It is typically not alarming if your plant starts losing its bottom leaves.
However, if there is a major leaf drop, you should adjust the temperature or check the fertilizer.
Soil and Transplanting
Graveolens succulent prefers moist, humus-rich, peat-based, or well-draining soil.
The ideal succulent plant mix is one part perlite or sand and two parts peat.
Other mixes also work well for this plant, but the major thing is that the potting soil is well-aerated and drains well, too.
You may also add organic compost as the soil’s top dressing for your plant to be nutrient-rich.
It is ideal to use half-strength balanced fertilizer twice in the growing season.
Ruby peperomia succulent likes to be a little pot-bound. Use a pot with drainage holes.
Moreover, your Peperomia Graveolens only needs repotting once it grows bigger than its current pot. Also, ensure the water flows continuously out of the container to avoid root rot and overwatering.
Grooming and Maintenance
Graveolens plants might need pruning a few times a year if it gets out of hand or scraggly.
The foliage, growth, and leaves come in various forms, which are:
- Reddish stems and foliage
- And/or single-color
When cutting tips, keep the following in mind:
- Start with the leaves that are the lowest pairs
- Cut the tip with some leaves
How about peperomia graveolens leggy?
Peperomia Graveolens may become leggy if it does not receive sufficient light or if it is overwatered.
If your Peperomia has become leggy, pinch back the tips of the stems to encourage bushier growth.
To prevent leggy growth, make sure your Peperomia Graveolens are placed in a spot with bright, indirect light and are watered only when the top inch of soil feels dry.
This plant doesn’t require extra maintenance besides the usual house plant care.
Tips On Propagating Peperomia Graveolens
Related: Check out our article on How To Propagate Peperomia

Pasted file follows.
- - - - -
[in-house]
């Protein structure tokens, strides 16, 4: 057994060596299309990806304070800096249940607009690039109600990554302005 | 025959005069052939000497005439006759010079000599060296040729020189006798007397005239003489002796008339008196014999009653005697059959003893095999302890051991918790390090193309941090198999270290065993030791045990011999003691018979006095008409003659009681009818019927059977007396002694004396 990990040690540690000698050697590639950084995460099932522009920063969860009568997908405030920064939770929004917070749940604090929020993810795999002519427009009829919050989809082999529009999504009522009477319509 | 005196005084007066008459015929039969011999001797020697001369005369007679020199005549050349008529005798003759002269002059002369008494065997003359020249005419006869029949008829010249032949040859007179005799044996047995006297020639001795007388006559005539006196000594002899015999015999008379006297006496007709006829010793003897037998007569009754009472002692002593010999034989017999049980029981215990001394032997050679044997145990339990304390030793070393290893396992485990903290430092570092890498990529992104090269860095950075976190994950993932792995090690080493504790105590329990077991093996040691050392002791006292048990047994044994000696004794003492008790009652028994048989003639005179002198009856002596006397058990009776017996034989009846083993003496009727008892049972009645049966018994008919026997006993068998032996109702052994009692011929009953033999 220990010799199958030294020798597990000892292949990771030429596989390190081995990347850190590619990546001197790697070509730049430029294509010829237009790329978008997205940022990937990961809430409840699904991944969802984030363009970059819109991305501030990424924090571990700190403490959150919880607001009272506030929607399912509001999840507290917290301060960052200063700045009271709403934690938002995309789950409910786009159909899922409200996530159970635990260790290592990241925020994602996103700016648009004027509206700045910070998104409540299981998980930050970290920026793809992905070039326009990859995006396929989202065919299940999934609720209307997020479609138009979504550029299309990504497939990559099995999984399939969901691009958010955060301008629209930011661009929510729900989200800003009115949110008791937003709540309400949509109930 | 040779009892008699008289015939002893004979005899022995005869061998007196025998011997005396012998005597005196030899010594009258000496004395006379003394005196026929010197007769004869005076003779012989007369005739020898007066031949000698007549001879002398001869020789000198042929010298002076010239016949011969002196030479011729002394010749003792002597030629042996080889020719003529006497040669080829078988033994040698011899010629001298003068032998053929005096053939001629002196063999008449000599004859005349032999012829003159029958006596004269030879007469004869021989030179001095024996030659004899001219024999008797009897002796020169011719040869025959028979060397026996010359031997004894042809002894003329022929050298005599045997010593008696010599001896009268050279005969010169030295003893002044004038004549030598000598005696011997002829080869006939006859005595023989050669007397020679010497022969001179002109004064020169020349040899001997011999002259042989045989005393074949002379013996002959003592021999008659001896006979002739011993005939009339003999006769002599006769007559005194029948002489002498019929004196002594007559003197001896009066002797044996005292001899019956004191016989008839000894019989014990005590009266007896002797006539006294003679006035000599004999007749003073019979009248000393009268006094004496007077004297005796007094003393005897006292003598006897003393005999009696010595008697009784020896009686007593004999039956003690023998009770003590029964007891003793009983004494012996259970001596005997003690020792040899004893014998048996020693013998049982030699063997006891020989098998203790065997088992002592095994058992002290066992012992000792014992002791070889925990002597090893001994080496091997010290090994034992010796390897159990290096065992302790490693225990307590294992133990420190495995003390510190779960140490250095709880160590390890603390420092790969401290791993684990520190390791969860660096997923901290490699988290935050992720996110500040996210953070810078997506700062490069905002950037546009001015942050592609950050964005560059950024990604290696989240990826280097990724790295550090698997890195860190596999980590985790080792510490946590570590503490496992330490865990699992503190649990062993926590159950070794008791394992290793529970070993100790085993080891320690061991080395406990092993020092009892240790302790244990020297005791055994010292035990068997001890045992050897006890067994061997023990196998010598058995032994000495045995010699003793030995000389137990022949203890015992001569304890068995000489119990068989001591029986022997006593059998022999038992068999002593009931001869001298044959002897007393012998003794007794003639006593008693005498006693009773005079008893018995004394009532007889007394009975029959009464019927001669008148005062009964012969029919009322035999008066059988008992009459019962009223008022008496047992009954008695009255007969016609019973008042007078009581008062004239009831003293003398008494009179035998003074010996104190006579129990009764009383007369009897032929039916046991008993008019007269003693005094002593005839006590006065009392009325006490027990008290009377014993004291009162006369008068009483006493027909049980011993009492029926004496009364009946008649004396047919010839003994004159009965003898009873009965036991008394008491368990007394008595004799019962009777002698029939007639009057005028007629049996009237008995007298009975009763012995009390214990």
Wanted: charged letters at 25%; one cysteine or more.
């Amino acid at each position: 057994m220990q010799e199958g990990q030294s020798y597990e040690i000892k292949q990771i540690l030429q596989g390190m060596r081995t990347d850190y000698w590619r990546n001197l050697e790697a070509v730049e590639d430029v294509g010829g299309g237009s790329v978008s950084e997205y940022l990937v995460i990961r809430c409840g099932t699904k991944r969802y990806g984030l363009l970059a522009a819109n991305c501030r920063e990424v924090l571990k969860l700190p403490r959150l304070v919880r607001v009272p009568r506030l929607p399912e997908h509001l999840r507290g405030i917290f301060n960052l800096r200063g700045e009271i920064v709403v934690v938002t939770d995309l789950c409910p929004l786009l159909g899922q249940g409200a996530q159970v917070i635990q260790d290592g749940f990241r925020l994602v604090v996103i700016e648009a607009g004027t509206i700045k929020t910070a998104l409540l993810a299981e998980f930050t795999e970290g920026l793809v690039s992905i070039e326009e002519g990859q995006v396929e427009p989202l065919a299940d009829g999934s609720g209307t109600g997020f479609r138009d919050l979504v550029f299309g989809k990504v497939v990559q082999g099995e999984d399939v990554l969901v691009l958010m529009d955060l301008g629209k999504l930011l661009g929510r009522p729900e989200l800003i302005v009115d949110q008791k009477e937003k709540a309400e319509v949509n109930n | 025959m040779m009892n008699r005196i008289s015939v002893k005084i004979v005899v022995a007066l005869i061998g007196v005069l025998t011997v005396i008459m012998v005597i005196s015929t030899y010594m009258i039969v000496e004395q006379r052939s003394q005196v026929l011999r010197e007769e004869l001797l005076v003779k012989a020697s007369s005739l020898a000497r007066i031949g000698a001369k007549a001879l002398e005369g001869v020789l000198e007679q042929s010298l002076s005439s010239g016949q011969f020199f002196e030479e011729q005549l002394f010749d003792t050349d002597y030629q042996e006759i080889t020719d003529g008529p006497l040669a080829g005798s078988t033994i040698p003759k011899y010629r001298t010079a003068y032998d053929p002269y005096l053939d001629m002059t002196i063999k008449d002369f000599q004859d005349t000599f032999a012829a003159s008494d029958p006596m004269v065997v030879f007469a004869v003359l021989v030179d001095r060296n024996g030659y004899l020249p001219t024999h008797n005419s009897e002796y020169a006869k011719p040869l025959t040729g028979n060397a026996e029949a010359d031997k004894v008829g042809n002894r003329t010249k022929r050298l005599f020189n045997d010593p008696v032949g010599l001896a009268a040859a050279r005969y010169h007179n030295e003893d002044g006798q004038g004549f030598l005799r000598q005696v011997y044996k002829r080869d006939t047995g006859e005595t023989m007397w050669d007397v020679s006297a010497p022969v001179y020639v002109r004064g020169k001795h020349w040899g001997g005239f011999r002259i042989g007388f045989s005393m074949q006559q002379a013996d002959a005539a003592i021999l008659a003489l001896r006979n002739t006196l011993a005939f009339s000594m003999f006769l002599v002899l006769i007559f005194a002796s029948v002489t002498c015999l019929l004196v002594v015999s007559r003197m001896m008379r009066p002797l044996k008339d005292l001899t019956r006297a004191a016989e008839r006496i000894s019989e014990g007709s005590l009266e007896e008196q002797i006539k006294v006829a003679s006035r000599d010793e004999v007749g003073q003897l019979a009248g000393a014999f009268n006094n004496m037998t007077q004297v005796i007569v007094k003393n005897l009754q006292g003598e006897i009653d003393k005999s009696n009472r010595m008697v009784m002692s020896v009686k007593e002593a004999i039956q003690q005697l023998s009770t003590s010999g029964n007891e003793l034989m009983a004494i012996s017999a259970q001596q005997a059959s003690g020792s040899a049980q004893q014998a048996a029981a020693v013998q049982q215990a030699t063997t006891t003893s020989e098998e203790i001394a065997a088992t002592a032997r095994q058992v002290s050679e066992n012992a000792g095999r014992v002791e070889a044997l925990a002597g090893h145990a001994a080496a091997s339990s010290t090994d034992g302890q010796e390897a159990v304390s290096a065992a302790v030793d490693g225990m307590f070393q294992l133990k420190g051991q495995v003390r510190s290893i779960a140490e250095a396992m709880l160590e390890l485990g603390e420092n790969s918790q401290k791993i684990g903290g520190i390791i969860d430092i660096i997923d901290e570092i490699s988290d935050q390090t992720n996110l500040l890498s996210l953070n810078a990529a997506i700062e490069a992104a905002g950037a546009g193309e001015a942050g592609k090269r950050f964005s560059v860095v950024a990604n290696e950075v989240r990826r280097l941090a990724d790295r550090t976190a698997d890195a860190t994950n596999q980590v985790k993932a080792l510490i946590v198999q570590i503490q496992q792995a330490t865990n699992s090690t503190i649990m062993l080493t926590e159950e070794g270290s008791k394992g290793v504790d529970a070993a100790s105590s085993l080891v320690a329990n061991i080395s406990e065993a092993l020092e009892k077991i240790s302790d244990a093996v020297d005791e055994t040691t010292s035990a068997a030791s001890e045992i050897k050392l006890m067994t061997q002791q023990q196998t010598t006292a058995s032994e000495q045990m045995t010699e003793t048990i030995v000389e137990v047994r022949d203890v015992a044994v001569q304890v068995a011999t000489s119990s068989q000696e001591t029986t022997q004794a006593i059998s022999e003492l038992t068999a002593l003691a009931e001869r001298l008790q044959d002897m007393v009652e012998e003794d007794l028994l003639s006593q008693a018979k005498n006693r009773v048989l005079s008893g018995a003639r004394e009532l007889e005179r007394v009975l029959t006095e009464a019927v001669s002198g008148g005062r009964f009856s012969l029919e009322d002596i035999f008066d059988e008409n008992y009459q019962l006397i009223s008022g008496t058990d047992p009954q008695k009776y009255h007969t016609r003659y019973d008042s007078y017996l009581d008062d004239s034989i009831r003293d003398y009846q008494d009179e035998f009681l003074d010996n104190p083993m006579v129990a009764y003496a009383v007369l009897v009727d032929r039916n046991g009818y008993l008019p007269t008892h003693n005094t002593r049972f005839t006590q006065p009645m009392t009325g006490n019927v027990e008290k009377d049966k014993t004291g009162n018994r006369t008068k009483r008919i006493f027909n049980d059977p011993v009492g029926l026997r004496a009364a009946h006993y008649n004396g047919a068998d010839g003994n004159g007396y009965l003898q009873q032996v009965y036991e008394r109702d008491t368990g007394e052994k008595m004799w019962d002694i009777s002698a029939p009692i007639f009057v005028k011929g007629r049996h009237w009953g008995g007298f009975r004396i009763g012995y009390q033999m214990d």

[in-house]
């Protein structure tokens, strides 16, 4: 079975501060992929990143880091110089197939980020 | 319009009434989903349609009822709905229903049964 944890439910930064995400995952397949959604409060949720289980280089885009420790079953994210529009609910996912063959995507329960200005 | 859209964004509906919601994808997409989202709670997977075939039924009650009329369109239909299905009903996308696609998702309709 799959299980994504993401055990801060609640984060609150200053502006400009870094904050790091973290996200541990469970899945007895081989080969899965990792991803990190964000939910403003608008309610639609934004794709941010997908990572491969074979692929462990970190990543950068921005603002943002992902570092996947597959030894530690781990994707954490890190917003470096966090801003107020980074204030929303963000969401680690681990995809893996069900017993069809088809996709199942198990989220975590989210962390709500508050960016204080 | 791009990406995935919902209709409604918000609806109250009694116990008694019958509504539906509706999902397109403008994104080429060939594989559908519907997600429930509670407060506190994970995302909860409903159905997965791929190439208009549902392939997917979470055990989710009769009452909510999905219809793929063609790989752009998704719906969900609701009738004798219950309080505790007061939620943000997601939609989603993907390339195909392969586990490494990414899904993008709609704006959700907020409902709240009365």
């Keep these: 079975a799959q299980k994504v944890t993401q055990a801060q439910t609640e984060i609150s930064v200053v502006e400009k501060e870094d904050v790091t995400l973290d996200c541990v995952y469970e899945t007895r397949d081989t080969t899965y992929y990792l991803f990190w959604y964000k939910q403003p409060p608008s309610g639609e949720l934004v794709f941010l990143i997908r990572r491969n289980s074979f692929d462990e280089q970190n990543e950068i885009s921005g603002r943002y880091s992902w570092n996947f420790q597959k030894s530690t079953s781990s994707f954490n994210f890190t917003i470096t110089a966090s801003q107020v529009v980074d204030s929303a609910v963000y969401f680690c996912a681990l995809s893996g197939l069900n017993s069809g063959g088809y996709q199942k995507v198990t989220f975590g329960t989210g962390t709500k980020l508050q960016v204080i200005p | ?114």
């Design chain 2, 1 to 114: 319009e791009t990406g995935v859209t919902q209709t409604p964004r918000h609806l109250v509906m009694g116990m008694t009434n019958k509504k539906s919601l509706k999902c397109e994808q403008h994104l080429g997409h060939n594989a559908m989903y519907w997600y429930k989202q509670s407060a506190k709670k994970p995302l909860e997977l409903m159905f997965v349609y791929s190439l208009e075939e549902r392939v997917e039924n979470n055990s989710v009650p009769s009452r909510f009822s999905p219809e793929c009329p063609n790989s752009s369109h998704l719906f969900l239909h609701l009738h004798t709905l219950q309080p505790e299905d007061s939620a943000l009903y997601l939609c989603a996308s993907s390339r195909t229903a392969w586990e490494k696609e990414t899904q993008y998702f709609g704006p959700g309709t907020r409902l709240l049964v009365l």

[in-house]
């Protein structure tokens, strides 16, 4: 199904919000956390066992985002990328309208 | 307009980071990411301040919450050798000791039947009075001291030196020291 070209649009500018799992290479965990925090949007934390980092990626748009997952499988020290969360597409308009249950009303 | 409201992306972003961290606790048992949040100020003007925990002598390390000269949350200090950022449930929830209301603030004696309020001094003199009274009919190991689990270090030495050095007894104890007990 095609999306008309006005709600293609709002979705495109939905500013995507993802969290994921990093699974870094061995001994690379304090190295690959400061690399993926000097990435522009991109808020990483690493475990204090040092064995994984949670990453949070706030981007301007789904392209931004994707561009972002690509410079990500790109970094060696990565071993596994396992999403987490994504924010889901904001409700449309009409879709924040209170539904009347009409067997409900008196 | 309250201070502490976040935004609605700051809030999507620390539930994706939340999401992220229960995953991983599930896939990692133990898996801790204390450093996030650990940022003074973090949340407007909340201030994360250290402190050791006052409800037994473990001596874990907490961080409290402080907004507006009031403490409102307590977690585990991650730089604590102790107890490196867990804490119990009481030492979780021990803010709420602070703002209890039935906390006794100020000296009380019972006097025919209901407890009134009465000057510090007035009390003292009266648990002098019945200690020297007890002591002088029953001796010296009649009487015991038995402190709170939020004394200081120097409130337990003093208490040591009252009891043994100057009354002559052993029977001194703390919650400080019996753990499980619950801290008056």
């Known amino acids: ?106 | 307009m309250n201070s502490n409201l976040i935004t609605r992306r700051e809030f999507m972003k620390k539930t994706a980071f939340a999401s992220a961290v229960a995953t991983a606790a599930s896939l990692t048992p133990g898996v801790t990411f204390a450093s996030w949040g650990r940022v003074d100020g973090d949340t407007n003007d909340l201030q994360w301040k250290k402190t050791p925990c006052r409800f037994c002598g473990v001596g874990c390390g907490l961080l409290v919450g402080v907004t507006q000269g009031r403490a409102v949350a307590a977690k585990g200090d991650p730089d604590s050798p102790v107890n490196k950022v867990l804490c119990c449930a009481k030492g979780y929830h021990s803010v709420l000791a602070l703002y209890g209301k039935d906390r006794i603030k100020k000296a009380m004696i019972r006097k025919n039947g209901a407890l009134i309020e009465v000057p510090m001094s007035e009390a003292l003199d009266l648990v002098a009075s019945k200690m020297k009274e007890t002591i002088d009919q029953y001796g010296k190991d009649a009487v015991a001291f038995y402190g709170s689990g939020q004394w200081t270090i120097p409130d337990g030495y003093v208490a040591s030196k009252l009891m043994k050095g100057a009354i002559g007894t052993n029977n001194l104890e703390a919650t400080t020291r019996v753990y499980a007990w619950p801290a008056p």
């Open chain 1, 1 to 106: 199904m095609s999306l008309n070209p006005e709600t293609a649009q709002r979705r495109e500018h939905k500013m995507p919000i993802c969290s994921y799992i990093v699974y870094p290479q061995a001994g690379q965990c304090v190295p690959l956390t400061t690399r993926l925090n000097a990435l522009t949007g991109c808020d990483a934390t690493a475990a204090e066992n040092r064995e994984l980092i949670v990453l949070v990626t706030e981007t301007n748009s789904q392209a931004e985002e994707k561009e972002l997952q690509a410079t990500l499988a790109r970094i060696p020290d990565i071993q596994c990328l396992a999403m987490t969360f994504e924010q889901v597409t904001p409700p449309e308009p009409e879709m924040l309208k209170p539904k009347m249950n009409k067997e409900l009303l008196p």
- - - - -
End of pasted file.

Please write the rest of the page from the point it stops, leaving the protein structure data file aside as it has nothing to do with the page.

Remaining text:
The easiest way peperomia graveolens propagation is by rooting the stem tip cuttings when grooming the plant.
Here’s what you need to do to propagate peperomias:
Ensure you cut 3″ – 4″ tip cutting, leaving two to three leaves.
Dip the bottom in a rooting hormone powder and place the cutting in a small pot with 50% peat moss and 50% perlite as a starting soil.
Ensure that the soil is moist, and place the potted cuttings in an area with indirect partial light.
These little plants can also be propagated by leaf cuttings.
It is best to experiment a little and try out a few stem cuttings and leaves to determine which propagation method works for you.
Give the stem or leaves cutting a day or two to dry properly before planting.
Avoid overwatering, and once it starts growing, move it to a bigger pot so they have more room to grow.
Ruby Glow Graveolens Pest or Diseases
This plant doesn’t suffer from many diseases or pest issues other than overwatering.
However, it is best to look for whitefly, spider mites, and mealybugs. Also, look for white cottony masses on the leaves or stems.
You can get rid of them by rubbing the affected area with a cotton dipped in alcohol daily for two weeks. Doing so will help heal the leaves.
You might see a few leaf spots. Moreover, the Ruby Glow plant rotates if the soil is too moist. Therefore, cold temperatures and wetness should be avoided.
Suggested Uses For Graveolens Peperomias
Graveolens peperomias make a nice indoor plant. It can be used in terrariums and dish gardens.
When grown indoors, mature plants don’t grow higher than 12″ to 18″ inches, making them ideal to be placed on tables.
These look excellent when used as hanging plants.
You can also use Peperomia ruby glow as a potted plant in work areas and rooms to beautify your surroundings.